Tax Return Deadline is Approaching

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It comes around almost as fast as Christmas, and here we are again. The 31 January 2017 marks the deadline for filing of the 2015/16 Self-Assessment Tax Return (SATR).

Individuals who are required to submit a SATR include, the self-employed and some landlords, investors, company directors, high earners and people who have worked overseas.

Those taxpayers who fail to file their Return online by midnight on Tuesday 31 January will be subject to an automatic penalty of £100. This applies even if there is no tax to pay, or the tax is paid on time.

Tax Returns which are not filed after a further three months will be subject to daily penalties, and additional penalties will apply to Returns which remain unfiled after six and 12 months, adding up to a potential penalty of £1,600 or more.

Penalties and interest charges also apply for the late payment of tax, and these will continue to be applied until HM Revenue & Customs receives payment.

Green & Co can help with all your tax planning needs, including filing your Tax Return – please contact us for further assistance.

Please note: This article is a commentary on general principles and should not be interpreted as advice for your specific situation.

Self Employed Landlords: What you need to know about Digital Accounting

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By 2020 most businesses, self-employed individuals and landlords will be required to use software or apps to keep their business records and to report their income and expenditure on a quarterly basis to HM Revenue & Customs. This new regime will commence on 6 April 2018 for most small businesses. Self-Assessment tax returns will no longer be completed from 2018/19 onwards.

What records will I need to keep?

HMRC will expect businesses to scan paper invoices and receipts into software using a smartphone camera. For many businesses it is expected that the scanned evidence of income and expenditure will be automatically processed by the software into the relevant accounting entries. HMRC prefers that the following data fields are completed for each receipt or expense item:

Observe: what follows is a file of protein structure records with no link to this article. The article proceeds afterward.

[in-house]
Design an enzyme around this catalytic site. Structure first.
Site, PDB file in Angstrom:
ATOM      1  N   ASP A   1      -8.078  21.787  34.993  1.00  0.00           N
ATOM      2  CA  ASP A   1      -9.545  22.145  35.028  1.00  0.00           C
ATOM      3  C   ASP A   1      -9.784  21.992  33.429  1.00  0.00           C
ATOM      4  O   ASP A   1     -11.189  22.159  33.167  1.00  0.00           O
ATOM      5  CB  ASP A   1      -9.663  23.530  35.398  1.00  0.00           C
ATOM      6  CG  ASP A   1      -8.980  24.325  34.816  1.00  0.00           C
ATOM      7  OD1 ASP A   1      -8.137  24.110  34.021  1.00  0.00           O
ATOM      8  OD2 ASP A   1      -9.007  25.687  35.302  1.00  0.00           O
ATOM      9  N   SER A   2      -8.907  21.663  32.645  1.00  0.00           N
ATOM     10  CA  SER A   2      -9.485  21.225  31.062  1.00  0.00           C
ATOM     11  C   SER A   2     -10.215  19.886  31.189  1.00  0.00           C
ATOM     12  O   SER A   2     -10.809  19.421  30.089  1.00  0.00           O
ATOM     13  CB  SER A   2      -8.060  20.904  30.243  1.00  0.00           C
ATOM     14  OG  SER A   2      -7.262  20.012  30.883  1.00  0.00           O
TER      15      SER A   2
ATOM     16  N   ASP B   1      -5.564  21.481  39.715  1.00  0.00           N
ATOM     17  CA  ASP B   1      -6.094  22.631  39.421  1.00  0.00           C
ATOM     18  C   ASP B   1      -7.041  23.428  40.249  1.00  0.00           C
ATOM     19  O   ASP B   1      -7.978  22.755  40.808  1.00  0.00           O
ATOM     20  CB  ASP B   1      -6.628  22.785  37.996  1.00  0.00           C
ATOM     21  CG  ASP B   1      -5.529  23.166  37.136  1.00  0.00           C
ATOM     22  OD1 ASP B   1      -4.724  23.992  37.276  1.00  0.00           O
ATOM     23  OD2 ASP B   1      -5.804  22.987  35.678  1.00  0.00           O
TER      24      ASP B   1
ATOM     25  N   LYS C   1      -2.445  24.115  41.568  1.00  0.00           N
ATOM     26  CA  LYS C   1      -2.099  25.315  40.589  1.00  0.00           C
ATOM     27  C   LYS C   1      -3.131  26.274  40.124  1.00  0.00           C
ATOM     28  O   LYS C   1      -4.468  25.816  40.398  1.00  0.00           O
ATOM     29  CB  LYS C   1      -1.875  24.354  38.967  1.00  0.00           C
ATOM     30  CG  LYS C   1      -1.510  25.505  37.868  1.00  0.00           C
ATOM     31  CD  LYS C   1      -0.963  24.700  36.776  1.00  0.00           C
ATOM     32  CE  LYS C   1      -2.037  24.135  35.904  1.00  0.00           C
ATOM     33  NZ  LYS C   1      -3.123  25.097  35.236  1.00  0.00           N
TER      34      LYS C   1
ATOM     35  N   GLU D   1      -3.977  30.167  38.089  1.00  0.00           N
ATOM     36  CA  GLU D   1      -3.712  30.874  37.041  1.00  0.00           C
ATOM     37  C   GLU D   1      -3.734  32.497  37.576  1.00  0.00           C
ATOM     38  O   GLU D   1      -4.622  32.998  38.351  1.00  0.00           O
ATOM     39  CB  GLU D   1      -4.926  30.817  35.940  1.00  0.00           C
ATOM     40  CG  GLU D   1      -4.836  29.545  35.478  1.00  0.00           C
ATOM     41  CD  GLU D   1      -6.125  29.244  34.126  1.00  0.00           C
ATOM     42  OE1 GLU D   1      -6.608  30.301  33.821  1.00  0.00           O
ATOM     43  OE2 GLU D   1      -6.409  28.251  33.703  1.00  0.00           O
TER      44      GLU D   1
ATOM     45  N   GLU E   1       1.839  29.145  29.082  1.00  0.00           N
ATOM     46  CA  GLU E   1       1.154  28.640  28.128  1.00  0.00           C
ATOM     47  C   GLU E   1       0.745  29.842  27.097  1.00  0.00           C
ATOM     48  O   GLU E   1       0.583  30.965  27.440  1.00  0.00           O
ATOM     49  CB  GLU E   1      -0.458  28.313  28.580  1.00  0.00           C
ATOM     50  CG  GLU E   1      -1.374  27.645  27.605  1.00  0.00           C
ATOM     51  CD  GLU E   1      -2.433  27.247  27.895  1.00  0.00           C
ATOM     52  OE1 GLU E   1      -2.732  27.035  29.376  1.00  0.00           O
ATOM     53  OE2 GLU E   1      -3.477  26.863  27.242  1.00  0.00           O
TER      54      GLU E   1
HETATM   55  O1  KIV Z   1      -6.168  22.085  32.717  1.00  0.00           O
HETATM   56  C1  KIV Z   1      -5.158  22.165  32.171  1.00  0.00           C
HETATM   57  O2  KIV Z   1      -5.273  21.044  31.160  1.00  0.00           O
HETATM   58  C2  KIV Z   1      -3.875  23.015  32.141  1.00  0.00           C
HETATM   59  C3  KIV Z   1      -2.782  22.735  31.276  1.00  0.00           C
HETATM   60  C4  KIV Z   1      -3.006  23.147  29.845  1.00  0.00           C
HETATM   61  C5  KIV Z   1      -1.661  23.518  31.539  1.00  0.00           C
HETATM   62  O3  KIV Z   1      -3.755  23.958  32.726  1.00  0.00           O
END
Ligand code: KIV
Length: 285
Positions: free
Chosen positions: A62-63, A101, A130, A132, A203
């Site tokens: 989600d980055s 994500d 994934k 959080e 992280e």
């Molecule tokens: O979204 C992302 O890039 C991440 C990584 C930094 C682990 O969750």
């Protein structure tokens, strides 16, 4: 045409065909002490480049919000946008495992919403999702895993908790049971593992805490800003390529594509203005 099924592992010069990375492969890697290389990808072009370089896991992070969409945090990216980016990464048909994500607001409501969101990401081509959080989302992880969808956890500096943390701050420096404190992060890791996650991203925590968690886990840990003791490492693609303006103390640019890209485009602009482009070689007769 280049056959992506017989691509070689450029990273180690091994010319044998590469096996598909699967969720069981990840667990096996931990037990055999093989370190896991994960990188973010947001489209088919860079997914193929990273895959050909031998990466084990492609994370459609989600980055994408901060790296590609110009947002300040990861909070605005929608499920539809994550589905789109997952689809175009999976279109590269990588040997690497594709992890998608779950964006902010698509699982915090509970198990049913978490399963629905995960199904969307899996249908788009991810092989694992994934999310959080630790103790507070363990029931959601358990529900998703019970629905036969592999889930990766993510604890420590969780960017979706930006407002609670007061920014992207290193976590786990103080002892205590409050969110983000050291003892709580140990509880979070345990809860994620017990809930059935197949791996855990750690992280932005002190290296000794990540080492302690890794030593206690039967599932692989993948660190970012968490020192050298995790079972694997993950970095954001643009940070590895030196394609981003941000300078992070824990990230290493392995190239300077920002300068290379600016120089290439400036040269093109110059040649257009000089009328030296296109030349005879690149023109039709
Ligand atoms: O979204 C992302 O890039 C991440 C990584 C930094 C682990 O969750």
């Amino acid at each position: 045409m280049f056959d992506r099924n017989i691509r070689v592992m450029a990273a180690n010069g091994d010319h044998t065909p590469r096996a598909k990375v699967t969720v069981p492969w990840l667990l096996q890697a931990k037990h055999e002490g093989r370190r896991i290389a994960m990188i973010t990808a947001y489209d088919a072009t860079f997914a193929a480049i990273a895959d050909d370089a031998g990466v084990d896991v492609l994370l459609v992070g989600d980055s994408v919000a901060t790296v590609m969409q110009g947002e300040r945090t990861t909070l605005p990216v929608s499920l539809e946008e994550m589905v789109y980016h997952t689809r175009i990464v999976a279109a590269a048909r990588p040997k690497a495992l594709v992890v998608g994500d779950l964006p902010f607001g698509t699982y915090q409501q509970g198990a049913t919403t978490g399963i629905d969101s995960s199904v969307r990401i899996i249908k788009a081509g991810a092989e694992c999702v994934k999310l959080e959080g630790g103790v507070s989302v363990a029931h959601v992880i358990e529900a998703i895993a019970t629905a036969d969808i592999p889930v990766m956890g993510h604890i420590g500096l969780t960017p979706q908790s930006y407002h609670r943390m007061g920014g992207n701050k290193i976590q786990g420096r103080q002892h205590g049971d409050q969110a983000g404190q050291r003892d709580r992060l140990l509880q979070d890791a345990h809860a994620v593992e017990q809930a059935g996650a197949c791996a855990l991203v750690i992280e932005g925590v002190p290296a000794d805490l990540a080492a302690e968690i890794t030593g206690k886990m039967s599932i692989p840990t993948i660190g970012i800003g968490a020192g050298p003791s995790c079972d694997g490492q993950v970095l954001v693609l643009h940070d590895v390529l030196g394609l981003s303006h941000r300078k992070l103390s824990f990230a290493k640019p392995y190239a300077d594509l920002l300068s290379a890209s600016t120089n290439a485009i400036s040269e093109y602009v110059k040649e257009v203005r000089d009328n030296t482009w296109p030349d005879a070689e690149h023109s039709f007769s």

• Invoice date and payment received date, if cash basis being used
  • Invoice value and payment received value, if cash basis being used
  • Income or expenses category, and
  • Deducted amount/percentage for expenses.

The above is the minimum required data which will be needed to enable software to identify and categorise each transaction.

Landlords

Landlords will need to provide the following:

  • The full address of each property
  • Income and expenses attributable to each property.

Quarterly Updates

The data of income and expenditure will have to be reported quarterly, although the reports will only be summary data. Businesses will be able to see an estimate each quarter of what their liability will be, based on the summary data provided.

End of year return

A final fifth submission will be made which will incorporate a correct and complete declaration. It is proposed that this final account will have to be submitted within 9 months of the end of a period of account.

The above is subject to a period of consultation due to end in November and final details are due to be announced in December. Green & Co will keep you informed as further details/changes are announced.

Please note: This article is a commentary on general principles and should not be interpreted as advice for your specific situation.

Daily Penalties For 2014/15 Tax Returns Still Not Submitted

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For those whose 2014/15 self-assessment tax return was due at HMRC by 31 January 2016 but has still not been submitted, it’s now time to confront that pile of paperwork hidden away in the folder marked “To Do”.

For the majority of those in self-assessment the deadline was 31 January 2016, and if your tax return for the year ended 5 April 2015 was not submitted by that date, you should have already received a notification that you have been charged a late filing penalty of £100.

If the return was still not submitted by 30 April 2016, you will now be incurring daily penalties.  These are £10 per day up to a maximum of 90 days. Therefore, if the return remains outstanding at the end of July 2016 a further £900 is added to the £100 already levied.

If the return is six months late there is another penalty of 5% of the tax due or £300, whichever is greater, and at 12 months overdue the penalty is again, 5% of the tax due or £300, if greater. If the taxpayer is deliberately withholding information then higher, behaviour based penalties will be imposed.

And it gets worse. If the tax return is late there is a chance that any tax due is also late, so in addition to the late filing penalties, there will also be late payment penalties.